Is 'sustainable cities' an oxymoron or can they be made to work?
The Ecological Footprint
Humans are the most successful species on the planet. But our growing economy is placing unprecedented demand on the planet's limited ecological resources. How can we assure our future well-being?
'We can choose to live on a depleted planet or we can choose to live on a rich, biologically diverse, more stable planet' proposes Dr. Mathis Wackernagel, co-creator of the Ecological Footprint. He suggests that an essential step in avoiding depletion is to track ecological assets, allowing us to make more informed choices.
In the film, Wackernagel introduces the Ecological Footprint, a resource accounting tool that measures human demand on the Earth. Footprint accounts work like a bank statement, documenting whether we are living within our ecological budget or consuming nature's resources faster than the planet can renew them.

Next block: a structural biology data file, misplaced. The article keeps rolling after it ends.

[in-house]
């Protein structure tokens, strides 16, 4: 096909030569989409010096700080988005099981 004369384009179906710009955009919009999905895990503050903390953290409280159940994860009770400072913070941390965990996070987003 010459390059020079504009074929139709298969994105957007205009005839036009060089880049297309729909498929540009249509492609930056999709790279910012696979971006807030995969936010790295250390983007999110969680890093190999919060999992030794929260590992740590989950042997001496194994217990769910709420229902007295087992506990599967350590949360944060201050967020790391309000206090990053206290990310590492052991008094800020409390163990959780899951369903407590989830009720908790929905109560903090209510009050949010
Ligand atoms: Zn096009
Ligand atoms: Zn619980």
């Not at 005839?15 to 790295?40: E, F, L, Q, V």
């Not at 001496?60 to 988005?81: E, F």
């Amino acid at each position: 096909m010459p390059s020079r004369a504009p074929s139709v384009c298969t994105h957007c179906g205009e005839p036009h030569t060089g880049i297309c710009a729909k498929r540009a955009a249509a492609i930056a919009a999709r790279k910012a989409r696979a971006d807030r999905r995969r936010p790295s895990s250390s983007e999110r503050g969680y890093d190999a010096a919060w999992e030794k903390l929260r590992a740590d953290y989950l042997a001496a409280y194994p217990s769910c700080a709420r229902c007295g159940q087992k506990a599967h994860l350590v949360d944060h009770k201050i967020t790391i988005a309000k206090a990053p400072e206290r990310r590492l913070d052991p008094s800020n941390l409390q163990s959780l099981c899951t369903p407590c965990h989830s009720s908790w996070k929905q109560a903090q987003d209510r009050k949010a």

In just thirty minutes, the film paints a picture of our current global situation: for the first time, humanity is in 'ecological overshoot' with annual demand on resources exceeding what Earth can regenerate each year. Most countries are running ecological deficits, with Footprints larger than their own biological capacity. Wackernagel explores the implications of these ecological deficits, and provides examples of how governments, communities and businesses are using the Footprint to help improve their ecological performance.
For Wackernagel, 'Sustainability boils down to how we can all live well, how we can all have great lives, within the means of one small planet.' He concludes on a hopeful note, showing how a new organization, Global Footprint Network, is partnering with government agencies, businesses, universities and NGOs to support the use of the Ecological Footprint and to help turn this vision of a sustainable future into reality.